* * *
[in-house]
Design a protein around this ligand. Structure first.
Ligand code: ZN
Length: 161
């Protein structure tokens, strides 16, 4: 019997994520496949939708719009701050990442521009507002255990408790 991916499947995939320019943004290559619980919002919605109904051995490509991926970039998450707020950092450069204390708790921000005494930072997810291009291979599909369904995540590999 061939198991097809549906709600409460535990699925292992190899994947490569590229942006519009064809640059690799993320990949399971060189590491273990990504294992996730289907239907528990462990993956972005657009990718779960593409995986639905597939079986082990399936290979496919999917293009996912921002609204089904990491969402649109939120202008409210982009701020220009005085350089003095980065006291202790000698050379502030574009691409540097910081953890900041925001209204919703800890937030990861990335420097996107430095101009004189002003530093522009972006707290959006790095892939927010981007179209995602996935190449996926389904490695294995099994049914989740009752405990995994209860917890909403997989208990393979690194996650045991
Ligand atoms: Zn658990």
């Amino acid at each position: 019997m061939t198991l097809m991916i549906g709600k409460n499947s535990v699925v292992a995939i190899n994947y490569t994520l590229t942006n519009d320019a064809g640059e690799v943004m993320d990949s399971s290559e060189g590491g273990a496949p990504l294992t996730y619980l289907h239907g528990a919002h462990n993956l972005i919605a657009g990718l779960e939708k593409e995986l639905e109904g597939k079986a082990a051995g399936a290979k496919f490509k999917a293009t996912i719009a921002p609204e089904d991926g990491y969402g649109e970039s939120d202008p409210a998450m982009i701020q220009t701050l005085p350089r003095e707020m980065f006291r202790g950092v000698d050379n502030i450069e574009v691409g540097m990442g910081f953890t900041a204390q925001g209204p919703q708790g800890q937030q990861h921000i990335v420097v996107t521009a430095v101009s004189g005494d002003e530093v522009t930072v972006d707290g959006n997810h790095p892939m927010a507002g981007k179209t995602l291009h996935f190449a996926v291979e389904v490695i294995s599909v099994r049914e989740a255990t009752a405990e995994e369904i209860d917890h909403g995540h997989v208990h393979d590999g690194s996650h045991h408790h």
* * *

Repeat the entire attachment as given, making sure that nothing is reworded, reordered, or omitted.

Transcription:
[in-house]
Design a protein around this ligand. Structure first.
Ligand code: ZN
Length: 161
């Protein structure tokens, strides 16, 4: 019997994520496949939708719009701050990442521009507002255990408790 991916499947995939320019943004290559619980919002919605109904051995490509991926970039998450707020950092450069204390708790921000005494930072997810291009291979599909369904995540590999 061939198991097809549906709600409460535990699925292992190899994947490569590229942006519009064809640059690799993320990949399971060189590491273990990504294992996730289907239907528990462990993956972005657009990718779960593409995986639905597939079986082990399936290979496919999917293009996912921002609204089904990491969402649109939120202008409210982009701020220009005085350089003095980065006291202790000698050379502030574009691409540097910081953890900041925001209204919703800890937030990861990335420097996107430095101009004189002003530093522009972006707290959006790095892939927010981007179209995602996935190449996926389904490695294995099994049914989740009752405990995994209860917890909403997989208990393979690194996650045991
Ligand atoms: Zn658990």
């Amino acid at each position: 019997m061939t198991l097809m991916i549906g709600k409460n499947s535990v699925v292992a995939i190899n994947y490569t994520l590229t942006n519009d320019a064809g640059e690799v943004m993320d990949s399971s290559e060189g590491g273990a496949p990504l294992t996730y619980l289907h239907g528990a919002h462990n993956l972005i919605a657009g990718l779960e939708k593409e995986l639905e109904g597939k079986a082990a051995g399936a290979k496919f490509k999917a293009t996912i719009a921002p609204e089904d991926g990491y969402g649109e970039s939120d202008p409210a998450m982009i701020q220009t701050l005085p350089r003095e707020m980065f006291r202790g950092v000698d050379n502030i450069e574009v691409g540097m990442g910081f953890t900041a204390q925001g209204p919703q708790g800890q937030q990861h921000i990335v420097v996107t521009a430095v101009s004189g005494d002003e530093v522009t930072v972006d707290g959006n997810h790095p892939m927010a507002g981007k179209t995602l291009h996935f190449a996926v291979e389904v490695i294995s599909v099994r049914e989740a255990t009752a405990e995994e369904i209860d917890h909403g995540h997989v208990h393979d590999g690194s996650h045991h408790h």